Politicians across the American political spectrum have long advocated an energy policy that would ultimately lead to a so-called “energy independence”. Time and time again, this independence has been hailed as the solution to the average American paying high gas prices. During the last presidential campaign, Michelle Bachman and Newt Gingrich even announced specific amounts to which they would lower gas prices ($2 and $2.50 per gallon, respectively).
The truth is, there is no such thing as energy independence. A politician claiming he or she can, as President of the United States, lower gas prices in the country is plain dishonesty. Here is why: we live in a global market. Unless the U.S. nationalizes its oil companies (which is unlikely to happen, to put things mildly), American consumers will continue to be competing for gasoline against drivers in other countries. Politicians and energy experts continuously declaring that the key to lower gas prices is more drilling tend to forget that an increase in U.S. oil supply will only decrease prices with regards to a global demand.
Misinformation is, sadly, a key component of this widespread dream that cheap gas at the pump is within the realm of possibility. Take a moment to ponder on these moments: the United States produce 9% of the world’s oil output, while consuming 22% of it. Sadly, for those who want to believe in American energy independence, no amount of drilling in our country can compensate that.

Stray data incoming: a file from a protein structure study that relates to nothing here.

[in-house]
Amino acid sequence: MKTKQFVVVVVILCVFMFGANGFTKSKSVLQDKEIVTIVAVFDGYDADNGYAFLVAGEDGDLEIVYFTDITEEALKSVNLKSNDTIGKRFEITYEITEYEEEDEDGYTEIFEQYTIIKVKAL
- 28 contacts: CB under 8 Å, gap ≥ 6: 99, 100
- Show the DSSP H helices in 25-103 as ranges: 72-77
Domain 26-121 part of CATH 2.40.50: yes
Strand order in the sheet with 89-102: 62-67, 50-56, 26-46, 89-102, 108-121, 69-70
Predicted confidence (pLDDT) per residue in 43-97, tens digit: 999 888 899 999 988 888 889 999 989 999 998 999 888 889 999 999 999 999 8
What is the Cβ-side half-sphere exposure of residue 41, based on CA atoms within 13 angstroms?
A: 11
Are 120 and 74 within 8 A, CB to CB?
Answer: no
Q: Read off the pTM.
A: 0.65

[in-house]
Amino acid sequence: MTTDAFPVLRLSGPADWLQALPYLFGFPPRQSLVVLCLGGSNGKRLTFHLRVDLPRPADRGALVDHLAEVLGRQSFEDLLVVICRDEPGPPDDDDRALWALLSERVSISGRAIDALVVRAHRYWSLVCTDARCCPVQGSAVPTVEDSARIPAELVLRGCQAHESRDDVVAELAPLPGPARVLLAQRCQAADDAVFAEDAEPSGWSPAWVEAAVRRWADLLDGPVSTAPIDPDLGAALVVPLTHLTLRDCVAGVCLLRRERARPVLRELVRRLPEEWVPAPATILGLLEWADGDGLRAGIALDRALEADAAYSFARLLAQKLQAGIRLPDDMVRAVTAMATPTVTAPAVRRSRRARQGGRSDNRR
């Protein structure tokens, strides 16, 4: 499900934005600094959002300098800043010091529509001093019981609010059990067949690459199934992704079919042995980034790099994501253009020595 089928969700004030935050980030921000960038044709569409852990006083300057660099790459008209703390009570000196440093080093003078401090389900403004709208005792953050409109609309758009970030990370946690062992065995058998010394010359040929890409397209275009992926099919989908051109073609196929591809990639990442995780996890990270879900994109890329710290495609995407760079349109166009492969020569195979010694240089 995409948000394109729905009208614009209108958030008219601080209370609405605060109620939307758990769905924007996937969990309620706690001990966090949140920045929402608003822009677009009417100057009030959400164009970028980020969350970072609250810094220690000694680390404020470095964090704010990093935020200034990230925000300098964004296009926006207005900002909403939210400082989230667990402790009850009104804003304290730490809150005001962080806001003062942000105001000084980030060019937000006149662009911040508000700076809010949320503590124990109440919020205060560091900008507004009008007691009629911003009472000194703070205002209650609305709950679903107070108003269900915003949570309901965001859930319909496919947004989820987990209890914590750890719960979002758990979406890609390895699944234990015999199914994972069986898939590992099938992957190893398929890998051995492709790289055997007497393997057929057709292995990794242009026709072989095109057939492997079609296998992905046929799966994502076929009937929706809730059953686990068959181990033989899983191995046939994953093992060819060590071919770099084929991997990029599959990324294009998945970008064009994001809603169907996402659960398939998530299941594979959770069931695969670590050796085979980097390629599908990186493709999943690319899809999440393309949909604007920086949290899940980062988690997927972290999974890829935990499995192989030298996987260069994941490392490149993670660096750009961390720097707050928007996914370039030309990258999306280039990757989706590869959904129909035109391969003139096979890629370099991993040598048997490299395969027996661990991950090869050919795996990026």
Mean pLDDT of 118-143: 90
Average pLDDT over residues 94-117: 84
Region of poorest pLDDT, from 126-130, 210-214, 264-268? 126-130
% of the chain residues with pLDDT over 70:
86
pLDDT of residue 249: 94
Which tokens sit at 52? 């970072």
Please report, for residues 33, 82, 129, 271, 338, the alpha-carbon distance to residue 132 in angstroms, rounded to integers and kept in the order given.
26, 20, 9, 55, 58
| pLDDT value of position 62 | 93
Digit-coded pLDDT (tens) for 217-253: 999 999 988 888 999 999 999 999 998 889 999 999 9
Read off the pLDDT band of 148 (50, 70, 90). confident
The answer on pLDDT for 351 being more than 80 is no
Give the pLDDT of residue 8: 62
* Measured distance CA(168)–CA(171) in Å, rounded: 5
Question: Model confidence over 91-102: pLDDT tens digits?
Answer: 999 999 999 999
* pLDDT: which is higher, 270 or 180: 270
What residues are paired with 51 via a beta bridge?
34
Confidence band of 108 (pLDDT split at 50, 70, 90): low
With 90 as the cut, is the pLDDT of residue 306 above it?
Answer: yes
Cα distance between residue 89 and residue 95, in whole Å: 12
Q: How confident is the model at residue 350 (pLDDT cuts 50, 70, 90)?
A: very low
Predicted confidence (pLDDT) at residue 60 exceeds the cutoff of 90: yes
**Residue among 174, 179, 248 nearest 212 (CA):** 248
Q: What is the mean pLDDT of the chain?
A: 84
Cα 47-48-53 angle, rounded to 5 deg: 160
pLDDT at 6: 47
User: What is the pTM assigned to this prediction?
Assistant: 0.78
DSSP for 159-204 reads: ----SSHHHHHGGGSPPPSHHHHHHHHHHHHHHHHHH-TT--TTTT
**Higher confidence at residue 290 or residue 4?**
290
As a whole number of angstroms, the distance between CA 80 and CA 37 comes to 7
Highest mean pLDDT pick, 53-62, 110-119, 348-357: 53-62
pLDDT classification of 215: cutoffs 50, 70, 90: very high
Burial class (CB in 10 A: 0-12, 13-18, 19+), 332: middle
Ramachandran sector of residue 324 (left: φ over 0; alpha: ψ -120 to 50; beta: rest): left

The idea of absolute energy independence as a gold standard for American energy security is one that has been accentuated by politicians on both ends of the political spectrum. As Charles Homans wrote for Foreign Policy magazine in 2012, energy independence could be the “last truly bipartisan policy aim in Washington, and the least plausible one”. With the rampant circulation of the idea that the United States will be energy independent by 2025, we need to look at the crucial question of whether the United States can go it alone. Martin King, an analyst for FirstEnergy estimated that Canada would supply 80% of imported barrels into the U.S. by 2020. Considering this, the closest type of energy independence that the U.S. can reasonably entertain would be continental independence.
What this would mean, is that rather than the U.S. freeing itself from its dependency on all “foreign oil”, the U.S. would just be freed of the burden of having to rely on importing oil from countries that are hostile to U.S. interests. This notion follows the broad idea that the biggest exporters of oil are states that are adverse to American interests. Considering that most American oil imports come from Canada, combined with the first steps toward massive Mexican energy reform, limiting oil exchange to NAFTA countries could be a blessing for American security. As for the potential for North American energy independence creating instability with former partners, Adam Sieminski, administrator of the Energy Department’s Energy Information Administration has a response “There are going to be tensions in the Middle East whether that oil is going to the United States or going to somewhere else,” he said. “If oil prices go up because of a problem in the Middle East, that causes a problem for the world in general and not one that is specific to the United States.”